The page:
• Comma After Greetings  targets missing commas after a greeting phrase. Example: Dear Sir or Madam I read your letter, and I like your suggestions. would be corrected to Dear Sir or Madam, I read your letter, and I like your suggestions.

  • Comma Before Quotations targets missing commas after quotations. If you are quoting a selection longer than a single word, insert a comma in front of the quoted text. Example: He arrived and announced "The party will be tomorrow night." would be corrected to He arrived and announced, "The party will be tomorrow night."

  • Date Formatting targets incorrectly formatted date expressions. Dates should be written with commas separating the day of the week from the month, and the day from the year. A comma should not be placed between the month and year. Example: I went to Paris on June 4 1986. would be corrected to I went to Paris on June 4, 1986. Example: The new policy comes into effect in October, 2016. would be corrected to The new policy comes into effect in October 2016.

  • Adjective Used Instead of Adverb    targets the use of “real” vs. “really”. “Real” is used to modify a noun, “really” to modify a verb. Example: He is driving real carefully would be corrected to He is driving really carefully.

  • Agreement with Noun Phrases     targets number agreement within noun phrases to make sure the words within a single noun phrase agree in number (singular or plural). Example: I would like to buy this apples could be corrected to I would like to buy these apples or I would like to buy this apple.

  • Capitalization    targets words with incorrect capitalization. Articles, short prepositions, and conjunctions that should be in lower case within titles. The first word in title is capitalized. Example: "Of Mice And Men" is a novel would be corrected to "Of Mice and Men" is a novel.

  • Commonly Confused Words    targets words that require special attention because they sound similar and may have related meanings. They often represent different parts of speech (word classes) and have different spellings. It also targets the incorrect use of “of” rather than "have" in constructions with modal auxiliaries. Use "have" rather than "of" in constructions with modal auxiliaries such as could, can't, may, and will (i.e., verbs that express likelihood, ability, permission, obligation). Example: Could you please advice me? would be corrected to Could you please advise me? I could of known that. would be corrected to I could have known that.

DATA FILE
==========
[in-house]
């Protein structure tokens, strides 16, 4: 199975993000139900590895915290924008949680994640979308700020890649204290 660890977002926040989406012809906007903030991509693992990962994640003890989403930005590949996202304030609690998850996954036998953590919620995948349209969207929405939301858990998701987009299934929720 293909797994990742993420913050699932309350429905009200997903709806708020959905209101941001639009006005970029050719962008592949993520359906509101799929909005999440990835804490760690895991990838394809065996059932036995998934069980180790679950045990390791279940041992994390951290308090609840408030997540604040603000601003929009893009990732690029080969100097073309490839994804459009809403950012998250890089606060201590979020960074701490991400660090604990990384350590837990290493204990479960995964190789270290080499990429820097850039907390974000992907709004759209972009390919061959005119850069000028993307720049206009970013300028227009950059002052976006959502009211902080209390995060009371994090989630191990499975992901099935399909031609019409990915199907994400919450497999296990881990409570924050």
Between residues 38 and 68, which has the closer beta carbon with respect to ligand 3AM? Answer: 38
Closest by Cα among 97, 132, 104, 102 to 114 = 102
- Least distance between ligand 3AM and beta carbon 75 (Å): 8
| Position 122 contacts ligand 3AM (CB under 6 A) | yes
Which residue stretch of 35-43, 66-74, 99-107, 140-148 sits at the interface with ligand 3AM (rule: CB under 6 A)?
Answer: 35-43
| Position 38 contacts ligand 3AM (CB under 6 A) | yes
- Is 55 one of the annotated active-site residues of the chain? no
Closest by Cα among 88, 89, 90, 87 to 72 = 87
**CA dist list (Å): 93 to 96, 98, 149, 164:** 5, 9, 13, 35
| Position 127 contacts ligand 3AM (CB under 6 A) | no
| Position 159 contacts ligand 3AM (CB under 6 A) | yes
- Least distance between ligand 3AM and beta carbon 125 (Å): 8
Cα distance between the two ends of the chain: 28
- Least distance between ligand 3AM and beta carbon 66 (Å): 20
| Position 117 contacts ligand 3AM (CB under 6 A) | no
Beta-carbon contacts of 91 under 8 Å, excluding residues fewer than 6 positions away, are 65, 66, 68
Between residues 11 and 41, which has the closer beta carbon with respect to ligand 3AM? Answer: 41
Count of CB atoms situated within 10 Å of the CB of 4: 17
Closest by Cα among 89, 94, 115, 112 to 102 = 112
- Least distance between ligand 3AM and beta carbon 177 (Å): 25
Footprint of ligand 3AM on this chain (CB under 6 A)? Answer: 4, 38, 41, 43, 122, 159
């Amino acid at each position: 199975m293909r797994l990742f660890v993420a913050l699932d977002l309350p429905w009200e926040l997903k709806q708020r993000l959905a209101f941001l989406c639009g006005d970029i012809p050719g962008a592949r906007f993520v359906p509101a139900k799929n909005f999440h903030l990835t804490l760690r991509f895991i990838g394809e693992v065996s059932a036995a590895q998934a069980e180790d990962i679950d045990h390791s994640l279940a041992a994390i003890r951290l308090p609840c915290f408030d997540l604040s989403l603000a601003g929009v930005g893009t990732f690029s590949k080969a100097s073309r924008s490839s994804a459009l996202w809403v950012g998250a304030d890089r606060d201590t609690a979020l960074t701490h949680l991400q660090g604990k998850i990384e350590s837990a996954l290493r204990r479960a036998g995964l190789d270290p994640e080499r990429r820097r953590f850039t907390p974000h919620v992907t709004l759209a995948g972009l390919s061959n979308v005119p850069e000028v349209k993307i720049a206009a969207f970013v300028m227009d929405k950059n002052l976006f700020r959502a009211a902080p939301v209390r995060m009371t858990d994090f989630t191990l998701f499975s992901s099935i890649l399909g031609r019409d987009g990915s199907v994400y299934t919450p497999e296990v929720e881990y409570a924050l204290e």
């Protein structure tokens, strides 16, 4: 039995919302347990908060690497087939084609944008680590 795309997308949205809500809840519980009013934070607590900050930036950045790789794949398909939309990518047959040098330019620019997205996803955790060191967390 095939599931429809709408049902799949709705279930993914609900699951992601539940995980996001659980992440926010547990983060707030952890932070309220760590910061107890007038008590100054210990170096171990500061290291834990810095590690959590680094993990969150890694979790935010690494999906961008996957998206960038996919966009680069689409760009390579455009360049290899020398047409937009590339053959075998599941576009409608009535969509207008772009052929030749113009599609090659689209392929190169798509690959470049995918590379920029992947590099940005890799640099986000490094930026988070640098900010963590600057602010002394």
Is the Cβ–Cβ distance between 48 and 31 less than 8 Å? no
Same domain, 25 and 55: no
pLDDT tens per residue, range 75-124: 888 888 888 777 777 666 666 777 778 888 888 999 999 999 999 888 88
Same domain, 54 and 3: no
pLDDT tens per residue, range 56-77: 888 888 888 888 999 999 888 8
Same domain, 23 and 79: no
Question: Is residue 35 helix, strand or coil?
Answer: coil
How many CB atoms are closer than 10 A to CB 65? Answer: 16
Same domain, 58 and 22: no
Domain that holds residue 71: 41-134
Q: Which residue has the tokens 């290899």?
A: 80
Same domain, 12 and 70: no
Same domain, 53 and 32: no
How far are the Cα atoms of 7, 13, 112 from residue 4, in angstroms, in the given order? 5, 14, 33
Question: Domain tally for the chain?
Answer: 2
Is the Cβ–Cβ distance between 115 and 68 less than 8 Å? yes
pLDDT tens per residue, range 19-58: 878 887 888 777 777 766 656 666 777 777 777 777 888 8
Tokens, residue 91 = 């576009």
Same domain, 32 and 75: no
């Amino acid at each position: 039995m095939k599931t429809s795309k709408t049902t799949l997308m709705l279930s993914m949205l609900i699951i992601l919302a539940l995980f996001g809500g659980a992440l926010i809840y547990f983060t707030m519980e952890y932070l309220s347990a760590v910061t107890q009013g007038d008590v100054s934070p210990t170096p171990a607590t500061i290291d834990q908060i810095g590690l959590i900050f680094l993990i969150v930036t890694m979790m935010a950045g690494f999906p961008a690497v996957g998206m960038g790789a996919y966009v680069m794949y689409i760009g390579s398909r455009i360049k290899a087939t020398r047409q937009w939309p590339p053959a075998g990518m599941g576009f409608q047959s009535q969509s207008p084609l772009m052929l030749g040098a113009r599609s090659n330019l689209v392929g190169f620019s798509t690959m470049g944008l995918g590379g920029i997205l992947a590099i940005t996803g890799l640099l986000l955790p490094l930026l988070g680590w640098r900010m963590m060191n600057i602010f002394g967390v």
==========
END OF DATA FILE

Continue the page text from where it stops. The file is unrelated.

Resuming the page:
• Comparative Use    targets the use of "more" and "most" with adjectives without comparatives. Don't use comparatives like more, most, less, or least with comparative adjectives. Example: This is more bigger than I thought would be corrected to This is bigger than I thought.

  • Hyphenation    suggests a hyphen to link modifying words if a noun modifier consists of more than one word. Example: Our five year old son is learning to read would be corrected to Our five-year-old son is learning to read. This rule also covers numerals "twenty-one" through "ninety-nine".

  • Incorrect Verb Form after Auxiliary    Targets an incorrect verb form after an auxiliary verb. Use teh correct verb form after an auxiliary verb (verbs that describe a person, number, mood, tense, etc). Example: They had ate by the time she arrived would be corrected to They had eaten by the time she arrived.

  • Indefinite Article    Targets the use of "a" before a word beginning with a consonant sound and "an" before a word beginning with a vowel sound. Example: We waited for at least a hour would be corrected to We waited for at least an hour.

  • Possessives and Plural Forms    Targets the incorrect use of Possessive and Plural forms. Possessive nouns require an apostrophe. The possessive pronoun "its" does not; the form "it's" is always a contraction of “it is” (or “it has”). Example: As long as its doing its job, we're happy would be corrected to As long as its doing it’s job, we're happy.

  • Question Mark Missing    Targets a missing question mark at the end of an interrogative sentence. Write a question mark at the end of any sentence that asks a question (interrogative sentence). Example: How many cats does he have. would be corrected to How many cats does he have?

  • Subject Verb Agreement    targets number agreement between subject and verb. The subject and verb should agree in number. They should either both be singular, or both be plural. Example: The teacher want to see him would be corrected to The teacher wants to see him.

  • Too Many Determiners    targets certain determiners (articles, possessive pronouns, and demonstratives) that shouldn't be combined. Example: I gave her a the carrot would be corrected to I gave her a carrot.

  • Complex words     Targets complex and abstract words, and suggests using a simpler word to present a clear message and a more approachable tone. Example: The magnitude of the problem is far beyond the scope of humanitarian aid. Magnitude would be corrected to size.